Happiness rates as top measure of success for Australians

Happiness outranks money as the top measure for success.

Happiness rates as top measure of success for Australians

A new white paper released by National Australia Bank (NAB) has revealed that Australians aged between 16–70 rank happiness, not money, as the top measure for success.

The NAB commissioned Ipsos study of over 2000 people, aimed to discover just what it is that Aussies regard as ‘success’. And although happiness rated as the number one measure from a personal standpoint, money still held the top spot when participants were asked what they thought society values.

Other top measures in the study are as follows:

2. good family relationships

3. feeling fit and healthy

4. being a ‘good person’

5. having a good marriage

6. having good mental health

7. being in control of my life

8. being financially secure now and in the future.

Surprisingly, buying a house came in at number 15 and being rich at number 22. 

“It’s clear that Australians are rethinking success; that they want to live a life that is shaped by the happy relationships they have with their family and friends, by the way they look after themselves physically and mentally, and by being a good person,” said Chief Customer Officer Andrew Hagger.

How Aussies personally rate success contrasts dramatically when compared to how they think society views success, with being rich at the top of the list, followed by owning a home and having a well-paid job.

Around 56 per cent of Australians feel they’ve achieved success in life, but for many, success is still a work in progress, with 71 per cent saying they’re still working towards it.

Most Australians believe they’re good people (83 per cent) and have good family relationships (82 per cent), but fewer feel they’ve been successful at the things that contribute to their wellbeing. Only 61 per cent feel ‘happy’, 62 per cent say they have good mental health and only 58 per cent feel in control of their lives.

As far as having a good marriage, well, it seems the Baby Boomers have figured out the formula for success in that department, with 85 per cent thinking their marriage is good, compared to just 61 per cent of Gen X respondents.

Four in five Aussies believe that the power to be successful is in their hands, with 68 per cent saying they’re confident they can create a successful life. Working hard is ranked as the best way to reach that goal, with being good with people ranked second.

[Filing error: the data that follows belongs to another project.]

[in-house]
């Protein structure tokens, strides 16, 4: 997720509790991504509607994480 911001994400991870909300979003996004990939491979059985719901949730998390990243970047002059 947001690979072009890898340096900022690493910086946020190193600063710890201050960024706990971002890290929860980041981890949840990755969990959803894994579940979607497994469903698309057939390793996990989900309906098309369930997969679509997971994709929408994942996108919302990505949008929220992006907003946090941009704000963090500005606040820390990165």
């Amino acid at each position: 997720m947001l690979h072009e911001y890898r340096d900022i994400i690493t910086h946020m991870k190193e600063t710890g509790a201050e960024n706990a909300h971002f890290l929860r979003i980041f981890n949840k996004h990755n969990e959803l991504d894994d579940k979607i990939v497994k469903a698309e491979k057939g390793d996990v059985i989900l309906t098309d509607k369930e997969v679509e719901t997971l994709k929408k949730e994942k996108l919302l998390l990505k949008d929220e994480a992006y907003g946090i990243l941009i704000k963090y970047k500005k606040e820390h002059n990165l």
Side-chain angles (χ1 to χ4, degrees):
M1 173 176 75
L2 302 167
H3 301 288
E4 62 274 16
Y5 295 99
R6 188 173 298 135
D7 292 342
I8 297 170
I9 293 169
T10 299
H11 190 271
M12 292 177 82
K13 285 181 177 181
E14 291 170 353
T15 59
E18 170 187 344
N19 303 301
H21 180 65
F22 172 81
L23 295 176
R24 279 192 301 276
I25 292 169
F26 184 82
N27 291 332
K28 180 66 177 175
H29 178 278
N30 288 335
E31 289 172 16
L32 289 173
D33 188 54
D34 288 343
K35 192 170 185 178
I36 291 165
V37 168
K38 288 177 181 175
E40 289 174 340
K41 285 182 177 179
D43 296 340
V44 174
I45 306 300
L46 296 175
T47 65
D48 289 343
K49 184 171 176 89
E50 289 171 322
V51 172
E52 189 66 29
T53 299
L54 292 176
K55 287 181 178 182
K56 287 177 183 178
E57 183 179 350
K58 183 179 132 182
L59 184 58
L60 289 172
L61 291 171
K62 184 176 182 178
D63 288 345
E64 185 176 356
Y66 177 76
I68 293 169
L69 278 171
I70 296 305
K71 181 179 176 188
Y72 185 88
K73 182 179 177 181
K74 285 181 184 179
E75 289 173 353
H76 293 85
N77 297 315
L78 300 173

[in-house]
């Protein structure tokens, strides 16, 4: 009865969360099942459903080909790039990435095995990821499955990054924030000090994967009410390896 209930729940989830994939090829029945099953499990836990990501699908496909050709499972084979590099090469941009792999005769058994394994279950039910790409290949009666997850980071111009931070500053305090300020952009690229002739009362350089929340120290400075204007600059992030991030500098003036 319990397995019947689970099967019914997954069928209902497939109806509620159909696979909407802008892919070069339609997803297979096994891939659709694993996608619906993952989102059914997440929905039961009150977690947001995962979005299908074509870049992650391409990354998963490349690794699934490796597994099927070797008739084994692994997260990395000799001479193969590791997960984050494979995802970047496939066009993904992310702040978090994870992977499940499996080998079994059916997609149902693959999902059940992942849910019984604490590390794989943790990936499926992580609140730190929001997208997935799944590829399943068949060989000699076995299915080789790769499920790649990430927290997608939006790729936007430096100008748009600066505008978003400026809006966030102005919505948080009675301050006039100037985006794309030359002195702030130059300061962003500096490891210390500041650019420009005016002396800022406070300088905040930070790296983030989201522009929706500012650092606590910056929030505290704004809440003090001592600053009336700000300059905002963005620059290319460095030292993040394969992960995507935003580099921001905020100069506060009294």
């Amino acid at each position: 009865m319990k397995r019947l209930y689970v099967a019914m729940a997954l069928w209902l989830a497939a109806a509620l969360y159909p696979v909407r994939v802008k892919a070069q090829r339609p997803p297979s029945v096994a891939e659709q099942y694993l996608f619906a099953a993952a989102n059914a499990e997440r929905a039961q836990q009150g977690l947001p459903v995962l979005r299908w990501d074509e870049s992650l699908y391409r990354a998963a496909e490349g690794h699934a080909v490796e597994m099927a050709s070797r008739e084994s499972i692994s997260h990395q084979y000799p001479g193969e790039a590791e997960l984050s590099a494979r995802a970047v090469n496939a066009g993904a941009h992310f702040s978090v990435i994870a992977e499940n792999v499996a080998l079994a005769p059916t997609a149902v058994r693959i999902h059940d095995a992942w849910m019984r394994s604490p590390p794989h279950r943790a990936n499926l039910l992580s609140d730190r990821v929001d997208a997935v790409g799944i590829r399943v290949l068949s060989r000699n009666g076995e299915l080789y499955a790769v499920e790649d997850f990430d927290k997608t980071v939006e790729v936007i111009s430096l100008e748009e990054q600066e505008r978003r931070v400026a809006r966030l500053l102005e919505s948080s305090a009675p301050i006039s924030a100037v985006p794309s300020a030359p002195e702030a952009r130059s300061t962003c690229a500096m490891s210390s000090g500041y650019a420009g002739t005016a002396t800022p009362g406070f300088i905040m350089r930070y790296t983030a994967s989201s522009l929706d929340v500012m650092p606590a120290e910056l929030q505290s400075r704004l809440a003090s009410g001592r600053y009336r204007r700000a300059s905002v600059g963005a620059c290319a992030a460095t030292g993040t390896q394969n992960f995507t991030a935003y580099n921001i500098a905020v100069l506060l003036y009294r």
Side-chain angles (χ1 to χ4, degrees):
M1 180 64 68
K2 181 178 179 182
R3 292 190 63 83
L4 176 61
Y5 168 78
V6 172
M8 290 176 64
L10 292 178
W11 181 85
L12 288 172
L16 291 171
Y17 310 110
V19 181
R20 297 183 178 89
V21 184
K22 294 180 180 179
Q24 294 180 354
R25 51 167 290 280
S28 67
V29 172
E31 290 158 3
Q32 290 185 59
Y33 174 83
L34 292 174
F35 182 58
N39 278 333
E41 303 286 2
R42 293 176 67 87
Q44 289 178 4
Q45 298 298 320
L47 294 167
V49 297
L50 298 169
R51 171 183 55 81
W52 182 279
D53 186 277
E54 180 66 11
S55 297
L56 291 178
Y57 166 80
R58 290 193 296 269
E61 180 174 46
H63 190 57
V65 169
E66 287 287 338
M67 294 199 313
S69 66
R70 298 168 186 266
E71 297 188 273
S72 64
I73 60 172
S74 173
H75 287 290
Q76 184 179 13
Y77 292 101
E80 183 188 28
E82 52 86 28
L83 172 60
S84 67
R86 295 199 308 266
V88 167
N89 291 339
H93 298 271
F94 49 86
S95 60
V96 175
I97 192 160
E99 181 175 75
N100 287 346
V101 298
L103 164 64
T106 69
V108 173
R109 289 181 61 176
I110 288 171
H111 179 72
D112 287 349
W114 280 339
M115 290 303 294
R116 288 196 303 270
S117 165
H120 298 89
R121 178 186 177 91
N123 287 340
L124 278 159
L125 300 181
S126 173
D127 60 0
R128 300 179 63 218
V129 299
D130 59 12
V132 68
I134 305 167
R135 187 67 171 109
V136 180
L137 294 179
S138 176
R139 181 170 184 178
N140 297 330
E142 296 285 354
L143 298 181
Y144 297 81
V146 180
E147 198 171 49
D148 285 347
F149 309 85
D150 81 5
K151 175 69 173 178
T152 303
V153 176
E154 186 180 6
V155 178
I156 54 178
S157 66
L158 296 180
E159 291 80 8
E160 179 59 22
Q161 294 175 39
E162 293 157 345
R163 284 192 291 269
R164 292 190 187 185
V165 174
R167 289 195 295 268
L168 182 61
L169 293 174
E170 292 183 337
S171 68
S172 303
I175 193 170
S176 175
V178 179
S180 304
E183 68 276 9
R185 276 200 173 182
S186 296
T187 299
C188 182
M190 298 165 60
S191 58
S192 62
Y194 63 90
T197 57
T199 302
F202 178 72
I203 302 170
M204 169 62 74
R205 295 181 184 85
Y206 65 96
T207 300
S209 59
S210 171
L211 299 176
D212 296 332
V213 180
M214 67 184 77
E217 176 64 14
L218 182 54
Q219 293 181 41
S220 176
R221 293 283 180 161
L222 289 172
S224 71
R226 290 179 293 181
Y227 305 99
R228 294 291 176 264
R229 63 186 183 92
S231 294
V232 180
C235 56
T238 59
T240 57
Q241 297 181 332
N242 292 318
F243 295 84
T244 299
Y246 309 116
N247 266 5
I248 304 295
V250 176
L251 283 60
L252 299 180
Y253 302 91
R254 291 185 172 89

Read the Rethink Success report

Opinion: Can happiness pay the bills?

Personally, I’m a huge fan of the findings of this survey. But let’s keep it in check. The study first asked what we think is the measure for success. It then asked how we think society measures success. Which factor matters most?

Well, it should be what we think, but what we think doesn’t pay the rent, or the mortgage, or put food on the table. Society’s opinion of what is considered successful will always win out. Yes, reality bites.

What is most promising about this study is that our perception of what it means to live a good, successful life is shifting. I love that we’ve rated happiness higher than money. It shows that, as a society, we do have heart. We’re not all about the money. It really should make us feel good about ourselves and will, hopefully, lead to a shift in other areas of our lives, such as acceptance, forgiveness, kindness – the list is endless.

These are the areas that matter to the wider community. If we can redirect our personal views of what it is to be successful to the ‘universal’, then our world will become a better place in which to live. Money may make the world go ‘round, but we make our society what it is. Let’s make it a happier place.

What do you think is the most important measure of success? Would you like to see more ‘happy’ and less money making the world go ‘round? Is it possible to believe that we can change our communities for the better? Or am I just being a hopeless optimist?



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    25th Oct 2016
    Argh, aye - most of us'n peons be happy, M'Lod, ter do without the money - s'long as we be happy in the fields! Three penneth fer ten year contract be good pickin's, and grateful we be fer it, Sor! the good woife be sendin' yer this small cake as part of 'er 'omage. (doffs hat to hand over cake).... an' the bairns'll be trimmin' them that hedges fer yer right smart, they will, or I'll have the skin off'n their backs!
    25th Oct 2016
    Money certainly doesn't make you happy but it does make you comfortable.
    Mrs Hedgehog
    25th Oct 2016